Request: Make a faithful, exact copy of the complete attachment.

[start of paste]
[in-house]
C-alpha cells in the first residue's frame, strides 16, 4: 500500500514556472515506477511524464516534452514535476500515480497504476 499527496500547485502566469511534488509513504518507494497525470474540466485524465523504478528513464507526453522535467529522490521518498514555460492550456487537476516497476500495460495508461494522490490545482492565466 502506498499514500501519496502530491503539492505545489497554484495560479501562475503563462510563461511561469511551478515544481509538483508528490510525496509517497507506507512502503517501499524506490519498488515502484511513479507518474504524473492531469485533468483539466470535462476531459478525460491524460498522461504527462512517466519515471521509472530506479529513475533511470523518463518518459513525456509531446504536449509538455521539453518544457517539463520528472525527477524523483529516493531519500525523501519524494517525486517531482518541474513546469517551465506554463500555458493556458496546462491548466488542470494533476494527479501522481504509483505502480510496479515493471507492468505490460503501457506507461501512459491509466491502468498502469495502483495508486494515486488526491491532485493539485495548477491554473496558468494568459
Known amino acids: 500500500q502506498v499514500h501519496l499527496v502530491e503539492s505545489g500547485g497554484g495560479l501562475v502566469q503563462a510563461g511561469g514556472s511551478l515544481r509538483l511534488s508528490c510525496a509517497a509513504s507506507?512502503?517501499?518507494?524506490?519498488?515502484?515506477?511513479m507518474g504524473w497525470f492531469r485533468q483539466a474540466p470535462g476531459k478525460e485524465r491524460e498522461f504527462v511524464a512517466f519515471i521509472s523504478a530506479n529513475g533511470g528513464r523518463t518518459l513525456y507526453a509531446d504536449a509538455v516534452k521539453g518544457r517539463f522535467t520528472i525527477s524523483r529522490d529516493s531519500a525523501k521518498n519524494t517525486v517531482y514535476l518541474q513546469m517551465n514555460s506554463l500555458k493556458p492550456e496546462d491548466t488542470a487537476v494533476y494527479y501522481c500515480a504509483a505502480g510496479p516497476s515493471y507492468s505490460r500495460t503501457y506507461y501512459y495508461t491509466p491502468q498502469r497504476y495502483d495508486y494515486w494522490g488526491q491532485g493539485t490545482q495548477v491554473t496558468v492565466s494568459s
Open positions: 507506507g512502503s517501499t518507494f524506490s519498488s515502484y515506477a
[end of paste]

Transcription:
[in-house]
C-alpha cells in the first residue's frame, strides 16, 4: 500500500514556472515506477511524464516534452514535476500515480497504476 499527496500547485502566469511534488509513504518507494497525470474540466485524465523504478528513464507526453522535467529522490521518498514555460492550456487537476516497476500495460495508461494522490490545482492565466 502506498499514500501519496502530491503539492505545489497554484495560479501562475503563462510563461511561469511551478515544481509538483508528490510525496509517497507506507512502503517501499524506490519498488515502484511513479507518474504524473492531469485533468483539466470535462476531459478525460491524460498522461504527462512517466519515471521509472530506479529513475533511470523518463518518459513525456509531446504536449509538455521539453518544457517539463520528472525527477524523483529516493531519500525523501519524494517525486517531482518541474513546469517551465506554463500555458493556458496546462491548466488542470494533476494527479501522481504509483505502480510496479515493471507492468505490460503501457506507461501512459491509466491502468498502469495502483495508486494515486488526491491532485493539485495548477491554473496558468494568459
Known amino acids: 500500500q502506498v499514500h501519496l499527496v502530491e503539492s505545489g500547485g497554484g495560479l501562475v502566469q503563462a510563461g511561469g514556472s511551478l515544481r509538483l511534488s508528490c510525496a509517497a509513504s507506507?512502503?517501499?518507494?524506490?519498488?515502484?515506477?511513479m507518474g504524473w497525470f492531469r485533468q483539466a474540466p470535462g476531459k478525460e485524465r491524460e498522461f504527462v511524464a512517466f519515471i521509472s523504478a530506479n529513475g533511470g528513464r523518463t518518459l513525456y507526453a509531446d504536449a509538455v516534452k521539453g518544457r517539463f522535467t520528472i525527477s524523483r529522490d529516493s531519500a525523501k521518498n519524494t517525486v517531482y514535476l518541474q513546469m517551465n514555460s506554463l500555458k493556458p492550456e496546462d491548466t488542470a487537476v494533476y494527479y501522481c500515480a504509483a505502480g510496479p516497476s515493471y507492468s505490460r500495460t503501457y506507461y501512459y495508461t491509466p491502468q498502469r497504476y495502483d495508486y494515486w494522490g488526491q491532485g493539485t490545482q495548477v491554473t496558468v492565466s494568459s
Open positions: 507506507g512502503s517501499t518507494f524506490s519498488s515502484y515506477a